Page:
Recent developments have rekindled the conversation around the appointment of apex court Judges. The question has become the talk of the town and has especially consumed our lawyers in the bar rooms. ‘What is the most appropriate way to ensure transparent and undisputed appointments while not compromising the independence of the Judiciary?’ ‘Is the 18th amendment’s procedure the answer or the incumbent Judicial Commission under the 19th amendment sufficient?’ No one is sure. However, the passionate debate and constructive input from various academic circles is a welcoming sign for our chequered democracy. It also shows that people expect nothing short of ‘absolute justice’ from our Supreme Court Judges, even if it relates to their appointment.

The more inclusive and diverse procedure under the 18th amendment was nullified following the 19th amendment. The 19th amendment made the Judicial Commission the only relevant authority in appointing the Supreme Court judges and reducing the Parliamentary committee to a mere rubber stamp. Moreover, it also altered the composition of the Judicial Commission and added two more judges, thus, giving the Judges a 3/4th majority (6 to 9 members instead of 4 to 7) in the Commission. The reasoning behind the 19th amendment was correlated with the ‘constitutional provision underpinning Judicial Independence. Thus, the veto of the parliamentary committee was considered a step in the wrong direction and was done away with. Although the 19th amendment was brought to solve the constitutional debacle, it left many reservations and didn’t prove to solve the impediments to the independence of the Judiciary.

Renewing a procedure similar to the 18th amendment cannot solve the problem either. Such a step can only lead to further increasing judicial activism and the Supreme Court striking down the amendment (slim chances of sending reconsideration this time). So, what is the possible way out? Or is there no way out left? Or has it become another non-negotiable challenge against our struggling system that is better left alone? In the United States of America, it is the sole discretion of the President to appoint the Supreme Court Judges and has been followed for many years successfully. This system was also injected into Pakistan (disregarding the parliamentary background). However, it did not prove to be a success and ended with a rift over the appointment between Prime Minister Benazir Bhutto and President Laghari, with the latter eventually dismissing the former’s government.

Although the complexity of the problem requires deep introspection and consensus from all stakeholders, the simpler and more rational way out is through the principle of seniority. The senior-most Judge (in this case, the Chief Justice of a High court) should be elevated to the Supreme Court. It has already been a set precedent that a senior-most Judge will be appointed as the Chief Justice of the Supreme Court of Pakistan through the Al-Jehad case. Thus, the whole crisis can be averted by replicating the same procedure for the elevation from the High Court to Supreme Court. As Lord Denning said that it is the “Government of Laws, and not of men” it would be more efficient and transparent if, instead of placing the crucial appointment into the hands of men, it is done through set norms and laws.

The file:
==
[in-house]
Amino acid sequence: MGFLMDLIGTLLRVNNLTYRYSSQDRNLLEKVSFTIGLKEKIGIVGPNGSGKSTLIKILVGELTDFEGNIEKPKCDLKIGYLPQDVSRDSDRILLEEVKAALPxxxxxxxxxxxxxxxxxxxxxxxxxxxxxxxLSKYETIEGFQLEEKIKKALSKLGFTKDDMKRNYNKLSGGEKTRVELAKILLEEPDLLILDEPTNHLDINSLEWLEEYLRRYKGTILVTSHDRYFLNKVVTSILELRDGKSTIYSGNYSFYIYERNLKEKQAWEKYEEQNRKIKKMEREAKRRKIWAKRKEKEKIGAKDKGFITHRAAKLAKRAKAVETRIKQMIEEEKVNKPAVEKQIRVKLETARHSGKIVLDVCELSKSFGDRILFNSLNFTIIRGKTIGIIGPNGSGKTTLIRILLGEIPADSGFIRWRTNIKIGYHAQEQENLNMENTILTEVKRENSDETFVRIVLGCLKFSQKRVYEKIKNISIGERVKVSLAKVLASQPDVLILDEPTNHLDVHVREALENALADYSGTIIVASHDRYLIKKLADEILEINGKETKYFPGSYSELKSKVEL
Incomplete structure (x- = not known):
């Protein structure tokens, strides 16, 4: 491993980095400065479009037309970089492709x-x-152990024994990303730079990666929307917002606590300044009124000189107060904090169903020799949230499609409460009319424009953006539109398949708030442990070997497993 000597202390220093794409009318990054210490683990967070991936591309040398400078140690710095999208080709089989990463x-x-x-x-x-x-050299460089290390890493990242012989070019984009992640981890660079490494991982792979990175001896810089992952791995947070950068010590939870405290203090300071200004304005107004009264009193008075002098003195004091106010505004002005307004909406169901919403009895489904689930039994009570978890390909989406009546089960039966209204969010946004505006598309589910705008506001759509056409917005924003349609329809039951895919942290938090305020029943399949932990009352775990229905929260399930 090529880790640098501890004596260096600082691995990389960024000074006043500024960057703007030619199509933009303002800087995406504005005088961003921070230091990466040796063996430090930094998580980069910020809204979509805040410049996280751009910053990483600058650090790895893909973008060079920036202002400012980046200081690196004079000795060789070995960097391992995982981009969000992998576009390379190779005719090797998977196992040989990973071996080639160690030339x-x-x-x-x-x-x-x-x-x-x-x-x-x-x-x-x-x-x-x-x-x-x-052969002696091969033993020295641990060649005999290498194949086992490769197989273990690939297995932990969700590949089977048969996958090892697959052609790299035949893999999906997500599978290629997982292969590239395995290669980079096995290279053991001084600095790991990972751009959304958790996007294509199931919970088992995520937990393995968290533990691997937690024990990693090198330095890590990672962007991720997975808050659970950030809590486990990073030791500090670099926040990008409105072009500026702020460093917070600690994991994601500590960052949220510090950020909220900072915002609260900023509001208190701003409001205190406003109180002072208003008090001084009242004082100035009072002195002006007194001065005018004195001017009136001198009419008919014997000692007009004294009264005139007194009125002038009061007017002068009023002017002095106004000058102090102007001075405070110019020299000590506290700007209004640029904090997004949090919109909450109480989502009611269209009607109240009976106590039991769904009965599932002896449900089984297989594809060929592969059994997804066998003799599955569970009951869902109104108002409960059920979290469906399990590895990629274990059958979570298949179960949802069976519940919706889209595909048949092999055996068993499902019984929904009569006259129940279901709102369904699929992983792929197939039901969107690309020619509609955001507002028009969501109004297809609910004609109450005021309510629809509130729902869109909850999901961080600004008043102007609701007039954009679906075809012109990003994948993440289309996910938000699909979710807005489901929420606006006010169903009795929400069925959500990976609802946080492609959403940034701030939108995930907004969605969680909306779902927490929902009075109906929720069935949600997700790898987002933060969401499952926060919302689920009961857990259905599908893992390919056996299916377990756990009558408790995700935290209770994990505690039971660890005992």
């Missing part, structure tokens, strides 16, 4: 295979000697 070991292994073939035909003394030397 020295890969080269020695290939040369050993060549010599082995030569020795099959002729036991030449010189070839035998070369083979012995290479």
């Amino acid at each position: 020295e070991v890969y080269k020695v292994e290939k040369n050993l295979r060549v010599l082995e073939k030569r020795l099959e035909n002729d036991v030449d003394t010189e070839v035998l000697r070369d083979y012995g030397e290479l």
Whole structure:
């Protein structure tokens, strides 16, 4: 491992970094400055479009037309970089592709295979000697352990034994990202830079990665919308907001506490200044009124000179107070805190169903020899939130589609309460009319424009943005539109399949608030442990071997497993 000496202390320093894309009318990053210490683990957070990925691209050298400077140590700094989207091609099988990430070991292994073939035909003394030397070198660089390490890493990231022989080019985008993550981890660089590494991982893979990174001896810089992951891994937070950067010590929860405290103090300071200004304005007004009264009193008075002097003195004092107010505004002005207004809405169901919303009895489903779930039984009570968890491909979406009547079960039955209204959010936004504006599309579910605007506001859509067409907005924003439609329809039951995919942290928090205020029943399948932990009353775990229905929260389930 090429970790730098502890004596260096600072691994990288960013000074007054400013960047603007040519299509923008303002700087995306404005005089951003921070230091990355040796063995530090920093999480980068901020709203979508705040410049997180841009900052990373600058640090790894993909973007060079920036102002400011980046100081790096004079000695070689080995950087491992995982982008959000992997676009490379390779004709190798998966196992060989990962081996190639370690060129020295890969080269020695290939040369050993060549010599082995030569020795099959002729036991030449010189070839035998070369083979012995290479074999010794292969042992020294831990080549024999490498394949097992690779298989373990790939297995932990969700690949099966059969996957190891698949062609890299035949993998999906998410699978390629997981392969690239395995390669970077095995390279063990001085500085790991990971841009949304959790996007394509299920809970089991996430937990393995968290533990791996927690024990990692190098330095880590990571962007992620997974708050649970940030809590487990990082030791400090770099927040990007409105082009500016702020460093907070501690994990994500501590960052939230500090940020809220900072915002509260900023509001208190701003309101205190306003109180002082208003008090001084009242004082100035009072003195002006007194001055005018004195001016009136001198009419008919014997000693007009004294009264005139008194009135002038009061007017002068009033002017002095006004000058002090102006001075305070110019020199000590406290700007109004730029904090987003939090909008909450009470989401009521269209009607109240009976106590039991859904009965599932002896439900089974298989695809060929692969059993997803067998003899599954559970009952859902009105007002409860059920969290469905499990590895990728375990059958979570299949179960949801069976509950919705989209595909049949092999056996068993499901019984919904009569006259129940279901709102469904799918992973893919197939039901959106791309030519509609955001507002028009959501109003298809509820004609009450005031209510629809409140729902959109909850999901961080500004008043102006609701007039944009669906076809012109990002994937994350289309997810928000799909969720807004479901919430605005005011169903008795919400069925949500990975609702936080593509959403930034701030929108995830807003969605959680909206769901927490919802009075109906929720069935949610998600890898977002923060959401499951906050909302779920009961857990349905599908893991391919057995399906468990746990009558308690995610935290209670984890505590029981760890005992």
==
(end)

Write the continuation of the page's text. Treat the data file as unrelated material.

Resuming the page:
There have been many instances where the Seniority Principle has been compromised in Pakistan, and it has only led to tainting the judicial history and its independence. Justice (Retd.) Munir was appointed by overriding the set norm of seniority, resulting in the apex court (presided by him) validating the suffocation of democracy twice (Tamizuddin and Dosso Case). Justice Maulvi Mushtaq was ignored similarly, and a junior judge was appointed as the Chief Justice of Lahore High Court in his place. Later, The Martial Law government under Zia-ul-Haq appointed Maulvi Mushtaq as the Chief Justice, and he ended up presiding over the controversial death trial of Mr Bhutto.

A similar course was followed in the appointment of Sajjad Ali Shah as Chief Justice of the Supreme Court by ignoring the seniority principle. Pakistan’s judiciary has always suffered whenever the seniority principle has been ignored. India, which has a similar geopolitical context, has been following the seniority principle in the appointment of Judges. In its leading Judgment Kesavananda Bharati V State of Kerala and many other judgments, the Supreme Court considers the seniority principle the most appropriate and non-controversial way of the appointment of Judges in the Higher courts. The determination of merit and competence is a subjective and vague criterion and has led to many complexities in the past and can lead to more in the future. Thus, the seniority principle could end the ongoing debate on partiality in appointments and further strengthen the independence of the Judiciary.